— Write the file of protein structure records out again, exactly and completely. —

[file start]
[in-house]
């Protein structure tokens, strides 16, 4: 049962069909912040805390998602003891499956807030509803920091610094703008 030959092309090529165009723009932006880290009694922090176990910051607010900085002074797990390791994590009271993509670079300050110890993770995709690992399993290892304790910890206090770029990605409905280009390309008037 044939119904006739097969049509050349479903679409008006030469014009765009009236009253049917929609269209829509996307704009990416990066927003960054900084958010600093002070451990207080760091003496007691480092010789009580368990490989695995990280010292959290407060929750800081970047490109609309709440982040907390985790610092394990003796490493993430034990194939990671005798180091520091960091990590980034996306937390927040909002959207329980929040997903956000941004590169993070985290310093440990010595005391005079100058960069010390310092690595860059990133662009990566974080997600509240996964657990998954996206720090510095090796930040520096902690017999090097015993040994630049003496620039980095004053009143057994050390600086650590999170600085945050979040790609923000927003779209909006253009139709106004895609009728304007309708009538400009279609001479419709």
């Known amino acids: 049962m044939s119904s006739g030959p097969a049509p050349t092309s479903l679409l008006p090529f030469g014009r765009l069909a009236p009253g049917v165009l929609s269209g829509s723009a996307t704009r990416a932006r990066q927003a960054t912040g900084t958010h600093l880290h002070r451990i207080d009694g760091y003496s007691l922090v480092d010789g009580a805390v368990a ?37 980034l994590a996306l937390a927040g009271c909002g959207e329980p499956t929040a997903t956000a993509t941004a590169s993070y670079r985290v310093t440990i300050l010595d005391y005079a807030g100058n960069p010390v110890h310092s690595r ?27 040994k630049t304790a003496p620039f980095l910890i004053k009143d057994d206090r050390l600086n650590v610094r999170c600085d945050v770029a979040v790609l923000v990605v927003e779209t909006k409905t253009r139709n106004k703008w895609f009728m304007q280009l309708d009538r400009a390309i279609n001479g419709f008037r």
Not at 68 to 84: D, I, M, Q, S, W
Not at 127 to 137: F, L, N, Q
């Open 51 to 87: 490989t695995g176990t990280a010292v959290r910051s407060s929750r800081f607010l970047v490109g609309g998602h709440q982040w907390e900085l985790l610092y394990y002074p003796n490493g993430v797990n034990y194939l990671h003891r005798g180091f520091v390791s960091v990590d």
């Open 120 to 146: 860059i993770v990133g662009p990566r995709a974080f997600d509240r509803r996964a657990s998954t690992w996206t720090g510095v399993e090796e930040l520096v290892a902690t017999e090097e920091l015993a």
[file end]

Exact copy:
[in-house]
């Protein structure tokens, strides 16, 4: 049962069909912040805390998602003891499956807030509803920091610094703008 030959092309090529165009723009932006880290009694922090176990910051607010900085002074797990390791994590009271993509670079300050110890993770995709690992399993290892304790910890206090770029990605409905280009390309008037 044939119904006739097969049509050349479903679409008006030469014009765009009236009253049917929609269209829509996307704009990416990066927003960054900084958010600093002070451990207080760091003496007691480092010789009580368990490989695995990280010292959290407060929750800081970047490109609309709440982040907390985790610092394990003796490493993430034990194939990671005798180091520091960091990590980034996306937390927040909002959207329980929040997903956000941004590169993070985290310093440990010595005391005079100058960069010390310092690595860059990133662009990566974080997600509240996964657990998954996206720090510095090796930040520096902690017999090097015993040994630049003496620039980095004053009143057994050390600086650590999170600085945050979040790609923000927003779209909006253009139709106004895609009728304007309708009538400009279609001479419709």
């Known amino acids: 049962m044939s119904s006739g030959p097969a049509p050349t092309s479903l679409l008006p090529f030469g014009r765009l069909a009236p009253g049917v165009l929609s269209g829509s723009a996307t704009r990416a932006r990066q927003a960054t912040g900084t958010h600093l880290h002070r451990i207080d009694g760091y003496s007691l922090v480092d010789g009580a805390v368990a ?37 980034l994590a996306l937390a927040g009271c909002g959207e329980p499956t929040a997903t956000a993509t941004a590169s993070y670079r985290v310093t440990i300050l010595d005391y005079a807030g100058n960069p010390v110890h310092s690595r ?27 040994k630049t304790a003496p620039f980095l910890i004053k009143d057994d206090r050390l600086n650590v610094r999170c600085d945050v770029a979040v790609l923000v990605v927003e779209t909006k409905t253009r139709n106004k703008w895609f009728m304007q280009l309708d009538r400009a390309i279609n001479g419709f008037r």
Not at 68 to 84: D, I, M, Q, S, W
Not at 127 to 137: F, L, N, Q
């Open 51 to 87: 490989t695995g176990t990280a010292v959290r910051s407060s929750r800081f607010l970047v490109g609309g998602h709440q982040w907390e900085l985790l610092y394990y002074p003796n490493g993430v797990n034990y194939l990671h003891r005798g180091f520091v390791s960091v990590d």
């Open 120 to 146: 860059i993770v990133g662009p990566r995709a974080f997600d509240r509803r996964a657990s998954t690992w996206t720090g510095v399993e090796e930040l520096v290892a902690t017999e090097e920091l015993a």